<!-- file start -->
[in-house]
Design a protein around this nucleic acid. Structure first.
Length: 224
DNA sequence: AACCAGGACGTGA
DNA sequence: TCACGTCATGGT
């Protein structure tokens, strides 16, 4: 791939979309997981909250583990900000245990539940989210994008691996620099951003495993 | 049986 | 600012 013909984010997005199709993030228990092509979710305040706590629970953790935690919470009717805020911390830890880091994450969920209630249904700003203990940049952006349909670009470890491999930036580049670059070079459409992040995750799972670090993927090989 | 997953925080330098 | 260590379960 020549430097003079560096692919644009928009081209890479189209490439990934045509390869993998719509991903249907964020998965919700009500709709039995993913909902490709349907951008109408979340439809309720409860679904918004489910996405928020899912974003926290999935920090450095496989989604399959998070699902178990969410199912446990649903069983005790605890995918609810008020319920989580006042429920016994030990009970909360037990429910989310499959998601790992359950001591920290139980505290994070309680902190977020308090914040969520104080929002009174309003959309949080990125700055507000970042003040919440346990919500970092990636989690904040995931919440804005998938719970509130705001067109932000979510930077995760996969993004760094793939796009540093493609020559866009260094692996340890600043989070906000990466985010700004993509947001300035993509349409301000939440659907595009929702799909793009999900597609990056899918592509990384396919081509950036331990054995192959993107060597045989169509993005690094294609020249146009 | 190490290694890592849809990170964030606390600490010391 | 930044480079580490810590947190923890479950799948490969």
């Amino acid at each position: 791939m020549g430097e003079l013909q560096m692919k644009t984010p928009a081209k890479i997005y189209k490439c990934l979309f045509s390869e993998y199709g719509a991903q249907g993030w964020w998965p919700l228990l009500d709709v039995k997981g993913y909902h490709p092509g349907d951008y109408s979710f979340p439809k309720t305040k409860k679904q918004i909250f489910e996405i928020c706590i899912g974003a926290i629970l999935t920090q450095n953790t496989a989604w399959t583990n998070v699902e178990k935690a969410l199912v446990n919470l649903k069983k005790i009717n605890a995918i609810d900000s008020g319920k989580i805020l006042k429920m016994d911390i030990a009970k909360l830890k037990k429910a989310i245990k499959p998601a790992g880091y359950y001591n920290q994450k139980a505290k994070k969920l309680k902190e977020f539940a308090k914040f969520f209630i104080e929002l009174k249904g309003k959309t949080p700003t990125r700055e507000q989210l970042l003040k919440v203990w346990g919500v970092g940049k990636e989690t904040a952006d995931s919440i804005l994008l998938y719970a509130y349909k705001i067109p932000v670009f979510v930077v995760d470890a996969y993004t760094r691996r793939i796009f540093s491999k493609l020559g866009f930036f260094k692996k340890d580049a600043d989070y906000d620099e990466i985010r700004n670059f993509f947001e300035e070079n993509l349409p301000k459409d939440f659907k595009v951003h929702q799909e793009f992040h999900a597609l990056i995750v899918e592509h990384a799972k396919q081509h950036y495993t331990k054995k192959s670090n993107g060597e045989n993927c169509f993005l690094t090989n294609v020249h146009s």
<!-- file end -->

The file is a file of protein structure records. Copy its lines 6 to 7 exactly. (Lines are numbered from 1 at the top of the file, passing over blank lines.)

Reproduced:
């Protein structure tokens, strides 16, 4: 791939979309997981909250583990900000245990539940989210994008691996620099951003495993 | 049986 | 600012 013909984010997005199709993030228990092509979710305040706590629970953790935690919470009717805020911390830890880091994450969920209630249904700003203990940049952006349909670009470890491999930036580049670059070079459409992040995750799972670090993927090989 | 997953925080330098 | 260590379960 020549430097003079560096692919644009928009081209890479189209490439990934045509390869993998719509991903249907964020998965919700009500709709039995993913909902490709349907951008109408979340439809309720409860679904918004489910996405928020899912974003926290999935920090450095496989989604399959998070699902178990969410199912446990649903069983005790605890995918609810008020319920989580006042429920016994030990009970909360037990429910989310499959998601790992359950001591920290139980505290994070309680902190977020308090914040969520104080929002009174309003959309949080990125700055507000970042003040919440346990919500970092990636989690904040995931919440804005998938719970509130705001067109932000979510930077995760996969993004760094793939796009540093493609020559866009260094692996340890600043989070906000990466985010700004993509947001300035993509349409301000939440659907595009929702799909793009999900597609990056899918592509990384396919081509950036331990054995192959993107060597045989169509993005690094294609020249146009 | 190490290694890592849809990170964030606390600490010391 | 930044480079580490810590947190923890479950799948490969």
């Amino acid at each position: 791939m020549g430097e003079l013909q560096m692919k644009t984010p928009a081209k890479i997005y189209k490439c990934l979309f045509s390869e993998y199709g719509a991903q249907g993030w964020w998965p919700l228990l009500d709709v039995k997981g993913y909902h490709p092509g349907d951008y109408s979710f979340p439809k309720t305040k409860k679904q918004i909250f489910e996405i928020c706590i899912g974003a926290i629970l999935t920090q450095n953790t496989a989604w399959t583990n998070v699902e178990k935690a969410l199912v446990n919470l649903k069983k005790i009717n605890a995918i609810d900000s008020g319920k989580i805020l006042k429920m016994d911390i030990a009970k909360l830890k037990k429910a989310i245990k499959p998601a790992g880091y359950y001591n920290q994450k139980a505290k994070k969920l309680k902190e977020f539940a308090k914040f969520f209630i104080e929002l009174k249904g309003k959309t949080p700003t990125r700055e507000q989210l970042l003040k919440v203990w346990g919500v970092g940049k990636e989690t904040a952006d995931s919440i804005l994008l998938y719970a509130y349909k705001i067109p932000v670009f979510v930077v995760d470890a996969y993004t760094r691996r793939i796009f540093s491999k493609l020559g866009f930036f260094k692996k340890d580049a600043d989070y906000d620099e990466i985010r700004n670059f993509f947001e300035e070079n993509l349409p301000k459409d939440f659907k595009v951003h929702q799909e793009f992040h999900a597609l990056i995750v899918e592509h990384a799972k396919q081509h950036y495993t331990k054995k192959s670090n993107g060597e045989n993927c169509f993005l690094t090989n294609v020249h146009s």